Friday, June 24, 2011

A Fabric Printer

We had been to visit the Jameh Mosque in Esfahan and walked back through the market that connected that mosque with the main Imam Square in the center of town. It was a long walk. After we had walked about a third of the way, Reza, our guide, started asking shop owners if there were a tea house in the market where we might stop for a much-needed break. None suited him. Either they were too small to accommodate the 12 of us or they were too grungy. So he hit upon a splendid idea: find a shop selling something interesting, settle us in for the sales pitch, and pretty soon glasses of tea would appear, as is customary in those situations, to help convince us to purchase their wares. The plan worked perfectly.

The shop he found sold hand-printed cloth. There was an elderly fellow in the front of the space demonstrating how it was done; it was clear that it was hard and exacting work. He was charming, with a lovely twinkle in his eyes. Even though I didn’t believe for a second that he had produced all the cloth in the store by himself, he was fascinating to watch. No doubt there is a workshop someplace with a lot of people stamping away. But never mind, it was a lovely experience and we got our much needed rest and a cup of tea.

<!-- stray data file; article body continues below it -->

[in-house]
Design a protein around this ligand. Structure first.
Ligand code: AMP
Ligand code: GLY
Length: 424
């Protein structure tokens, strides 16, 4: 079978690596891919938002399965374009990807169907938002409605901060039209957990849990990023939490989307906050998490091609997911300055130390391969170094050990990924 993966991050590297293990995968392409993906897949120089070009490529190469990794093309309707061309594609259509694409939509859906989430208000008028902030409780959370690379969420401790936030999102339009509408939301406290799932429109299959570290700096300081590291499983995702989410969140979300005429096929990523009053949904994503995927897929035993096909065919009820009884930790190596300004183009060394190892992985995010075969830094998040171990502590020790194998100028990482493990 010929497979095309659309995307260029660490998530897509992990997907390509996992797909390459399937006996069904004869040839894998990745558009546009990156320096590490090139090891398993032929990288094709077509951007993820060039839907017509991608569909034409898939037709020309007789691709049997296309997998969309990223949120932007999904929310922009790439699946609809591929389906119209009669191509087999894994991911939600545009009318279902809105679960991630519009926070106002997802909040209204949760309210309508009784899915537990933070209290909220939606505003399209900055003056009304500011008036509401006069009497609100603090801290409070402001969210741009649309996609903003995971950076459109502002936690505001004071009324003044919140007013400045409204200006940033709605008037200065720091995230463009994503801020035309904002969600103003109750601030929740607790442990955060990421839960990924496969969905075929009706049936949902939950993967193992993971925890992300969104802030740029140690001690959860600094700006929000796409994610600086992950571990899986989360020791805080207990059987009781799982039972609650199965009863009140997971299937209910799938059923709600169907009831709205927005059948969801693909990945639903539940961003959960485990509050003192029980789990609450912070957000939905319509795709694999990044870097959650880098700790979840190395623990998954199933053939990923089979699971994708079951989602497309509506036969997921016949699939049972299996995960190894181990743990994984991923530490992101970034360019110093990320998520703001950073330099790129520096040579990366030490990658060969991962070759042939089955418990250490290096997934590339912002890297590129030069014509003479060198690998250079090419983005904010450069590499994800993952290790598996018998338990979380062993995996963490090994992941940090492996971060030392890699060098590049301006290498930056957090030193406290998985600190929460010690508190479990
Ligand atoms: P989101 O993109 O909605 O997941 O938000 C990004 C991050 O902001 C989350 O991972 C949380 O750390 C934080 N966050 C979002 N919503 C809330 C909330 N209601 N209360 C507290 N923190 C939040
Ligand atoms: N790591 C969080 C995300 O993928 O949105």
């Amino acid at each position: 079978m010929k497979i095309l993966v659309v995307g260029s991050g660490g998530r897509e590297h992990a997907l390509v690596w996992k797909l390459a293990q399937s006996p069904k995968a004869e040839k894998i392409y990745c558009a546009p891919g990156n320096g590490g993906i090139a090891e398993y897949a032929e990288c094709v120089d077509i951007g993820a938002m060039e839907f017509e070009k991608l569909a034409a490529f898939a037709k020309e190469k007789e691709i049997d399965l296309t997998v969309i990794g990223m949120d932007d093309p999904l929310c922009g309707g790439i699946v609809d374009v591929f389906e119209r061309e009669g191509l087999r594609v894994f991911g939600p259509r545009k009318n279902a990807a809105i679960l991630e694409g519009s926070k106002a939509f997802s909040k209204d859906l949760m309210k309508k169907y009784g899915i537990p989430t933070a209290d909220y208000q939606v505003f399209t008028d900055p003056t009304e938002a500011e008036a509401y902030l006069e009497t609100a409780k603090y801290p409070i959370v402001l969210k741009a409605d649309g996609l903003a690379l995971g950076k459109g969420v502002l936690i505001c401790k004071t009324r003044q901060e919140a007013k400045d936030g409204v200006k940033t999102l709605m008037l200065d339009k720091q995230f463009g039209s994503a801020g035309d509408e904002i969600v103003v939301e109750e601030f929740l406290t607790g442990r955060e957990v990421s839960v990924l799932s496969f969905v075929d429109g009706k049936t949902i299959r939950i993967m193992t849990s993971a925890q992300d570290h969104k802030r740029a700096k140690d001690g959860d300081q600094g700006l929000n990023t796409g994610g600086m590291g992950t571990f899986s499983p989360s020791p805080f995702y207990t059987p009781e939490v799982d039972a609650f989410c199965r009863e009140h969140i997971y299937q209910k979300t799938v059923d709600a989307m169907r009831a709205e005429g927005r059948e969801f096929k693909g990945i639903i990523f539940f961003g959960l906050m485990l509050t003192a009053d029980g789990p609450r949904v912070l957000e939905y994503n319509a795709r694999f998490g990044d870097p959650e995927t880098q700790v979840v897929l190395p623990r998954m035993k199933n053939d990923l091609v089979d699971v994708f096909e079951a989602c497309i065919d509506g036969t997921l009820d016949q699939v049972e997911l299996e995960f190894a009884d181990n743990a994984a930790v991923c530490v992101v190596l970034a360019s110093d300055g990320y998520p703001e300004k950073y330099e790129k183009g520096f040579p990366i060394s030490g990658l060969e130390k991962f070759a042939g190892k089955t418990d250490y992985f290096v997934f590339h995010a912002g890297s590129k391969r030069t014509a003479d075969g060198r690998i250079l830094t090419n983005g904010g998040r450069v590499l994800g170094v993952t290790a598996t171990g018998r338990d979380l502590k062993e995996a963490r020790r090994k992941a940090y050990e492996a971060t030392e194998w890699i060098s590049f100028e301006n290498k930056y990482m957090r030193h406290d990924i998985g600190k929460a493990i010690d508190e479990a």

I bought some napkins with little tassels which I thought made them look different from the napkins you might find at Cost Plus or Pier 1. Katherine Fulton isn't so sure about the tassels. The design of the fabric includes the Persian paisley design we saw on the salad in Yazd. The paisley design comes from the outline of a cypress tree with a little wind blowing through its pointy top. Scroll down through the salads until you find the right one. You'll spot it.

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